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Jill Cawley, Alabama

by on Monday, September 10, 2012

Jill Cawley Alabama

Jill Cawley’s story officially started on January 28, 2002, when she suffered the first of two heart attacks.  Unofficially, it probably began long before that, with a history of heart disease that stretched back generations.  Jill ended up in the emergency room that January night, sent there due to a rapid heartbeat.  It felt “like her heart was battling to complete each beat.” 

The emergency room physician told Jill she had experienced a “very slight” heart attack.  Another doctor recommended a catheterization.  After the procedure, when Jill woke up, she was flabbergasted when she heard her husband on the phone talking about bypass surgery.  Catheterization had revealed seven major blockages, and three stents were already in place.  The other four blockages would require surgery. Quadruple bypass surgery was scheduled for the following Monday, but Jill had a second, more severe heart attack on Saturday morning, and was off to the operating room for emergency surgery.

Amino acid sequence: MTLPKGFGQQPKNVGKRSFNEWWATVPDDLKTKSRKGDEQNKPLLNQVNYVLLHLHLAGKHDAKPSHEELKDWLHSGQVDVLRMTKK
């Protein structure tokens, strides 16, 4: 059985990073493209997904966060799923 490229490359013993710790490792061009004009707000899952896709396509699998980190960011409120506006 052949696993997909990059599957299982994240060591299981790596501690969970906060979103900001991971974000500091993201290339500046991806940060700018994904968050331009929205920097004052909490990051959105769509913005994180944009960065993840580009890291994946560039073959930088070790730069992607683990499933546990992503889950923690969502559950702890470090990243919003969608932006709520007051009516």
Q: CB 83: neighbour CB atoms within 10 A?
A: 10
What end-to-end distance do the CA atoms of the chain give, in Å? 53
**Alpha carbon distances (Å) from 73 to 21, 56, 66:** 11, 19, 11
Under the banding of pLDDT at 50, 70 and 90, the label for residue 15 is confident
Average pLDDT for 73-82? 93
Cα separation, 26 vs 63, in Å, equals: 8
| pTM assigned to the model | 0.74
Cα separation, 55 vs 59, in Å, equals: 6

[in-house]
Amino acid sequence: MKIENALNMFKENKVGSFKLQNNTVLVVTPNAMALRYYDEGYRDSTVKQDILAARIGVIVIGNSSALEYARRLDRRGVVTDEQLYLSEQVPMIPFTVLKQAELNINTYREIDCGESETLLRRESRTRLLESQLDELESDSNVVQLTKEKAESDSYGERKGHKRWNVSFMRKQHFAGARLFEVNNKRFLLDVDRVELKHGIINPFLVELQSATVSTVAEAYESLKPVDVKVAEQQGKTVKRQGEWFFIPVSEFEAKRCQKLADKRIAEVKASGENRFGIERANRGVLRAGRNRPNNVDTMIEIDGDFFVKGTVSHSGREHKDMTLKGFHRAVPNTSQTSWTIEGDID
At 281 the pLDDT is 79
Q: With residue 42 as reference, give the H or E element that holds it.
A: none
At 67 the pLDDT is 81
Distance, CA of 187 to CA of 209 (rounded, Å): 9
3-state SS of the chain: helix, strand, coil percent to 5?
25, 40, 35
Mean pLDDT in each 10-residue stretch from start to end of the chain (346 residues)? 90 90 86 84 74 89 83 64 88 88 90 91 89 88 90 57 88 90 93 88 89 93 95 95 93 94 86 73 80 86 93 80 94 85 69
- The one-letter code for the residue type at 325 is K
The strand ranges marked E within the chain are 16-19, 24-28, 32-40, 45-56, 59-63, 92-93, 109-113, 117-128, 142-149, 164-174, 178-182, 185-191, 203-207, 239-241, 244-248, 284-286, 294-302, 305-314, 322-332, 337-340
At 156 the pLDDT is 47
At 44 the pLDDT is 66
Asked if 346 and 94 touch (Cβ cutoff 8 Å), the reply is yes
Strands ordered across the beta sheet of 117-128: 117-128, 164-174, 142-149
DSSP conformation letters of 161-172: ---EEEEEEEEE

After Jill had been home a few days, she became short of breath, and her husband took her back to the E.R.  She came home with a pacemaker to compensate for congestive heart failure caused by the second heart attack.  She had the pacemaker for almost eight years, and now she has an implantable cardioverter defibrillator, or ICD, to help her maintain a normal heart rhythm.

Like many women, Jill did not have the classic symptoms of a heart attack— no crushing chest pain, no pain radiating down the left arm, no profuse perspiration.  The only red flag was rapid heart rate.  Jill considers herself blessed—she’s recovered well and has no restrictions on her activities, just the inconvenience when she travels, of knowing she has to go through a security “pat down.”  Jill has also made changes in her lifestyle, losing more than fifty pounds and visiting the gym regularly.  She says learning to live with heart disease introduced her to the American Heart Association —and the chance to share her story at “Go Red for Women” rallies.